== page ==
[Nostalgia] is rarely the past as actually experienced, of course; it is the past as imagined, as idealized through memory and desire. In this sense … nostalgia is less about the past than about the present. It operates through what Mikhail Bakhtin called an ‘historical inversion’: the ideal that is not being lived now is projected into the past.
When Justice Mogoeng Mogoeng was “nominated” as Chief Justice by President Jacob Zuma some of us argued that, while it was perfectly normal for a judge to profess his or her religious views (or to be an atheist for that matter), Justice Mogoeng’s continued involvement (as a lay preacher) in a Church that held views that conflicted directly with the provisions of the Bill of Rights would be inappropriate. Now the Mail & Guardian reports that the Chief Justice has used his position as Chief Justice to try instruct senior members of the judiciary to attend a “leadership conference” held by an American evangelist.
The email sent on his behalf reads as follows:
From: Moekoa Desmond On Behalf Of Sejosengwe Memme
Sent: Tuesday, March 06, 2012 2:48 PM
To: Judge Mogoeng Mogoeng (Contact); Mpati Lex; Ngoepe Bernard; Mthiyane Khayelihle – Judge; Hlophe J – Judge; Musi Hendrick; Mlambo Dunstan; Leeuw Monica; Kgomo Diale; Sangoni Clement – Judge; Davis Dennis; Patel Chimanlal – Judge; Meer Yasmin
Cc: ‘Khwezi Mabaso’; Ngakantsi Boitumelo; Etsebeth Ilonka; Sheldon Astrin; Van Niekerk Sandra; Lemmetjies Gaynor; Mogotsi Reetsang; Malgas Ncumisa; Martin Heidi Deidre; Bihl Rowena; Raleie Motsholathebe; Morar Devika; Opperman Liezl; Motsepe Caroline; Molapo Emily Motlhatlego; Sejosengwe Memme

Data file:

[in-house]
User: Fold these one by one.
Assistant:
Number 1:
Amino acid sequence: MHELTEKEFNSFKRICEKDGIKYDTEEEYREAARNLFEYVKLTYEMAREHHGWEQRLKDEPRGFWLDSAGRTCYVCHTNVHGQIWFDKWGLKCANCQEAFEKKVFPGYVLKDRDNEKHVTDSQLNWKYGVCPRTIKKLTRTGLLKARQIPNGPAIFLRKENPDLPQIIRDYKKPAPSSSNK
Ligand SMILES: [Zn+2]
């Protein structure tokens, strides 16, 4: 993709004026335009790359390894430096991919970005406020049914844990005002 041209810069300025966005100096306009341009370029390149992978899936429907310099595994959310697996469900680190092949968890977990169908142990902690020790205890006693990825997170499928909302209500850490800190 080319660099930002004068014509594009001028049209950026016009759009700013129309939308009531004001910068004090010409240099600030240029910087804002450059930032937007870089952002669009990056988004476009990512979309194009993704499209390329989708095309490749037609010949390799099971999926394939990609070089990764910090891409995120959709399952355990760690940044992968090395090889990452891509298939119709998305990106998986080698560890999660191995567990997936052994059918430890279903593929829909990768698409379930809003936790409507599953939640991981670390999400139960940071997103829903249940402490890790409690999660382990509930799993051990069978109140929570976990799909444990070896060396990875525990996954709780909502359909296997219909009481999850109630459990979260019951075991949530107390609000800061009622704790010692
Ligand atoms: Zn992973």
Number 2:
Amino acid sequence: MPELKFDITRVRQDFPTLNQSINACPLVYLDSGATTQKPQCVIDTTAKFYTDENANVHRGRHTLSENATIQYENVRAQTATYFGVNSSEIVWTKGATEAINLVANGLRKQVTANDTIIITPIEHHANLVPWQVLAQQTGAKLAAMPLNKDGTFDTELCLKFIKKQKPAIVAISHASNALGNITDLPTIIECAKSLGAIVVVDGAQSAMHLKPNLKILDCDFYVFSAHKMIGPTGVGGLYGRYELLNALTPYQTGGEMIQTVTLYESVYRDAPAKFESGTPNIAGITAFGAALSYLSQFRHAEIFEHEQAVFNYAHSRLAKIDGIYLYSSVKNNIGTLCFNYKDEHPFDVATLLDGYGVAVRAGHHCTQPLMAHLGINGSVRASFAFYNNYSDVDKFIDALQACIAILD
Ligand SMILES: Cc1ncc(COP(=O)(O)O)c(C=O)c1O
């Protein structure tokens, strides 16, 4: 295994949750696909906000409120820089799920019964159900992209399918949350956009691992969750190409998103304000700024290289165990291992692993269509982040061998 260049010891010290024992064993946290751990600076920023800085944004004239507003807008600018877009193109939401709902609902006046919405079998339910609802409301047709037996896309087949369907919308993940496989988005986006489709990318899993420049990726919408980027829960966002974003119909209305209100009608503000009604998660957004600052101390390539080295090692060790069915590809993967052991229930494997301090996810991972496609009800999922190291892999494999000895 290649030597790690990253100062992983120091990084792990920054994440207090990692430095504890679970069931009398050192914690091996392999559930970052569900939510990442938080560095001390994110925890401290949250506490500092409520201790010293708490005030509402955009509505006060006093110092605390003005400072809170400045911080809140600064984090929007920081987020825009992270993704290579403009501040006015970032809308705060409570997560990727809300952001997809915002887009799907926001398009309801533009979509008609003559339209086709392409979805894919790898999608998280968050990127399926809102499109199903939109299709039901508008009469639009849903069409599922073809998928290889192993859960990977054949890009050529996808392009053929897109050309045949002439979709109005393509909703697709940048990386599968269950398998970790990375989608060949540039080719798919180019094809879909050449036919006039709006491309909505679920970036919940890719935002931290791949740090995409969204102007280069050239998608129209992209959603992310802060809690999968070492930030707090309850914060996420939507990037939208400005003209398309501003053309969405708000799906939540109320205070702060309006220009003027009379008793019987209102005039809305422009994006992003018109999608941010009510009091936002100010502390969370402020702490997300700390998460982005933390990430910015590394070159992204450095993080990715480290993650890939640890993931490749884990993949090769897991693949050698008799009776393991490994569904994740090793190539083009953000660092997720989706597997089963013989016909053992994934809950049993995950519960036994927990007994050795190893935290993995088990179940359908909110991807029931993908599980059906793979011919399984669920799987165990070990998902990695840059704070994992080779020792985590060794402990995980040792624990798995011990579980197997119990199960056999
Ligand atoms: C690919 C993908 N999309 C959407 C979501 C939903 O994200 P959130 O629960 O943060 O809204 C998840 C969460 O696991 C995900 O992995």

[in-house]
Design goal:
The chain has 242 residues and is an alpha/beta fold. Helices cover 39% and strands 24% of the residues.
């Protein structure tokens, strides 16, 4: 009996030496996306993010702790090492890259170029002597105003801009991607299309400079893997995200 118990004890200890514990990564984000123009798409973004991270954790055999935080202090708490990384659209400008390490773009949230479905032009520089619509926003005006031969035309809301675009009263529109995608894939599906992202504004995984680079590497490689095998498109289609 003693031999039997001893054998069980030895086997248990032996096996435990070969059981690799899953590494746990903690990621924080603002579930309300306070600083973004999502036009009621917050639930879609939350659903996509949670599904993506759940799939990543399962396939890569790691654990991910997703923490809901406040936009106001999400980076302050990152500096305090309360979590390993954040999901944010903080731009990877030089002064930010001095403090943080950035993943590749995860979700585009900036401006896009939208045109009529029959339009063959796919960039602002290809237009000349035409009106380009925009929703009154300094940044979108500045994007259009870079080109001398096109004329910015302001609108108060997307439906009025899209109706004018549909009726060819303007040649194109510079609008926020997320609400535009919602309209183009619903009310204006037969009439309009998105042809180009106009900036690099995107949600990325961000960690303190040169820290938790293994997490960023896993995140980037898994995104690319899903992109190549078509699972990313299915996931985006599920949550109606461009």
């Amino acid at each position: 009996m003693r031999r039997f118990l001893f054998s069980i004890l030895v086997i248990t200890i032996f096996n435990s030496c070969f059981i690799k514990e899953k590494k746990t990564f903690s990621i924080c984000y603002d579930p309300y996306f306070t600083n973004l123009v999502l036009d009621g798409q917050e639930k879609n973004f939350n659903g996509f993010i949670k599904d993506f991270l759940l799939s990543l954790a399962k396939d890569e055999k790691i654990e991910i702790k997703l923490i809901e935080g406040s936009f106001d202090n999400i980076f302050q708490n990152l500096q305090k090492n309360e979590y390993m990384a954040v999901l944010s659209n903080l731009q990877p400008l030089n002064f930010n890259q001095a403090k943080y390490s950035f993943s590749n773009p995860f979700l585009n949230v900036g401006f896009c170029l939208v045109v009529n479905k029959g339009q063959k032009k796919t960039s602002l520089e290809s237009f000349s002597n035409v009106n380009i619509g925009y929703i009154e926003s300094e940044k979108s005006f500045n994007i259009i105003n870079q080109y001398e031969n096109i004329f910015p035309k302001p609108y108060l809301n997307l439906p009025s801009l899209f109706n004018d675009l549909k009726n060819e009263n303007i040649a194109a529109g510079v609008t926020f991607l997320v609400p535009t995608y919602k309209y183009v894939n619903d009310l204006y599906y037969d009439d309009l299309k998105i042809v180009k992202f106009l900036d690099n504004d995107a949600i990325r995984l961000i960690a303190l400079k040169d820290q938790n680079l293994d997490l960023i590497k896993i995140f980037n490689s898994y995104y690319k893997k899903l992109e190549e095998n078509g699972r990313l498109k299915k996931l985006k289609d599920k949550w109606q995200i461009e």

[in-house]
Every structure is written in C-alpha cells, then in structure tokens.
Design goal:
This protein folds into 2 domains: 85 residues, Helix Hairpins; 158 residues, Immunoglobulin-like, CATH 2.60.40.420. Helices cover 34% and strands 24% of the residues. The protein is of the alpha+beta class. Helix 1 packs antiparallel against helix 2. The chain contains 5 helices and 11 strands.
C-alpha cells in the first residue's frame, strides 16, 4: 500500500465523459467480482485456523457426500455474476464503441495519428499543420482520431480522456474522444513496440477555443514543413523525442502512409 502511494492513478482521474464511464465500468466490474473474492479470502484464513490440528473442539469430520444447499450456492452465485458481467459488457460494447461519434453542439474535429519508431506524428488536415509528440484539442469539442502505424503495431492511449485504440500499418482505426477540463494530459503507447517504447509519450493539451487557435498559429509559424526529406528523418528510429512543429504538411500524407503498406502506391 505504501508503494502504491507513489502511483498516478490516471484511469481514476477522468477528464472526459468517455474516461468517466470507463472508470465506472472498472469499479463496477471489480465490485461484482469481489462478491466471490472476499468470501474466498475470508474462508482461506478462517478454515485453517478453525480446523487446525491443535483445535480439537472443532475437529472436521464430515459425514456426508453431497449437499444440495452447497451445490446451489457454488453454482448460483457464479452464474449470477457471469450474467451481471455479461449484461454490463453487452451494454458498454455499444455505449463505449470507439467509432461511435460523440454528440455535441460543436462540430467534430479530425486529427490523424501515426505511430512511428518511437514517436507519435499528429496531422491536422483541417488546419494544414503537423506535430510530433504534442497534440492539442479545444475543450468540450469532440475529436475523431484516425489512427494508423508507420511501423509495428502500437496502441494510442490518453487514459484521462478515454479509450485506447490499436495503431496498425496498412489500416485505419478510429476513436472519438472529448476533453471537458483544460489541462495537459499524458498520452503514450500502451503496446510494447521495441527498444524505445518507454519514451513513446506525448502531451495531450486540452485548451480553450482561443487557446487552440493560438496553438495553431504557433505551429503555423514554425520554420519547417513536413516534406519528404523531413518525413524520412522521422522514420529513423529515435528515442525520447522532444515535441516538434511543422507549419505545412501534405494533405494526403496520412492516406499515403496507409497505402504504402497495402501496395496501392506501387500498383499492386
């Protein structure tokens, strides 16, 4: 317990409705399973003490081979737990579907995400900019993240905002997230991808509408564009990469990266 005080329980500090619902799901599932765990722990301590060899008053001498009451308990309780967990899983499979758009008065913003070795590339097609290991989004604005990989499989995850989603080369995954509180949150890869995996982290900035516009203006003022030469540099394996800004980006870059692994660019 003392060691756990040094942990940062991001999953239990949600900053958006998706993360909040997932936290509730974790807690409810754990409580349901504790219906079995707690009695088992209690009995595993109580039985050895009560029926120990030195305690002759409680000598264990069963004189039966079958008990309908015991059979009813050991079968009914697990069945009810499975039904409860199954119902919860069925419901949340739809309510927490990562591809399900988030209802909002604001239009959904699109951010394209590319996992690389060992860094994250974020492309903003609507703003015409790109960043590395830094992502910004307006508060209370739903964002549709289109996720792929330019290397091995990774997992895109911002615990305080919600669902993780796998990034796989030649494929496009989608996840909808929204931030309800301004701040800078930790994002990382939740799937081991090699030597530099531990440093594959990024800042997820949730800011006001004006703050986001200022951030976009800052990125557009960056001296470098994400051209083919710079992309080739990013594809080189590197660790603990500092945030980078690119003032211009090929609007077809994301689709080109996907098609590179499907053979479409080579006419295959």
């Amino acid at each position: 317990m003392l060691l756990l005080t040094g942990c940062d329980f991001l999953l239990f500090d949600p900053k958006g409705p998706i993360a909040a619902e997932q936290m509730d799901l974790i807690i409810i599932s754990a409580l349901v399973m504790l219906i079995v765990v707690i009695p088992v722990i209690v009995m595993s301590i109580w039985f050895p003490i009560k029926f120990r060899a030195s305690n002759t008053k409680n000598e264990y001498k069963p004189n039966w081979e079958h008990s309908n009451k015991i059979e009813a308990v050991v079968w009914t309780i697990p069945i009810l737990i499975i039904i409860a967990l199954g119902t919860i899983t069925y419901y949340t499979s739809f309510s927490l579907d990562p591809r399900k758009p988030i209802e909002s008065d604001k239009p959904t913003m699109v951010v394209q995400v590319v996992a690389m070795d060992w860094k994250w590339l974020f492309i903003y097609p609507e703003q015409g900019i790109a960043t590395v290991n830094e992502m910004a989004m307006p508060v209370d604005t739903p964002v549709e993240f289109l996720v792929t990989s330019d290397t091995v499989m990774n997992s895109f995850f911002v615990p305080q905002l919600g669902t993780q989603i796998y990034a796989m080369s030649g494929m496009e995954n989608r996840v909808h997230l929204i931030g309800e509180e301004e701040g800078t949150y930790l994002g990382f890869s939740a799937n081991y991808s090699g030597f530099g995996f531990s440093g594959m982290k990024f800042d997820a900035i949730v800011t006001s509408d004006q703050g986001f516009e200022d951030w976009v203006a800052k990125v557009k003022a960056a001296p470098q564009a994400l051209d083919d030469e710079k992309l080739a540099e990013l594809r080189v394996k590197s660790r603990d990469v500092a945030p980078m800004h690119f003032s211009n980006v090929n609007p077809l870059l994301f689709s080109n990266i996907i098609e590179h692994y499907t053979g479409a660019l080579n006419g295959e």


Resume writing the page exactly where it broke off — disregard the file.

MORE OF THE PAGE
Subject: Leadership event with Drs John Maxwell and David Molapo
Honourable Judges President/ Heads of Court
Kindly see the attached invitation for your urgent attention. By the direction of the Chief Justice, Heads of Court/Judges President and their Deputies or the most senior judge in the divisions where there are no Deputy Judges President, are hereby requested to be available for the above-mentioned leadership conference.
It will be appreciated if confirmations for attendance can be submitted to the secretariat by end of business on 07 March 2012.
With kind regards
Memme Sejosengwe (Ms)
Secretariat: Heads of Court Forum
Judicial Court Services, Office of the Chief Justice
The flyer for this event depicts the smarmy faces of several blow-dried evangelicals who would be involved in this “leadership conference” hosted by the Hope Restoration Ministries. The conference cost R650 to attend but one is promised 7 DVD’s and a CD as well as a participants manuel if one attends. The flyer, in true commercial style, states that the “total package value is R2745 and that one will saveR2095 if one made use of this special offer.
Even if this event had nothing to do with the promotion of a particular evangelical Christian world view, it would be entirely inappropriate for the Chief Justice to ask senior judges to attend as it is a private business venture and by “requesting” senior judges to make themselves available for this event the Chief Justice is promoting private business interests.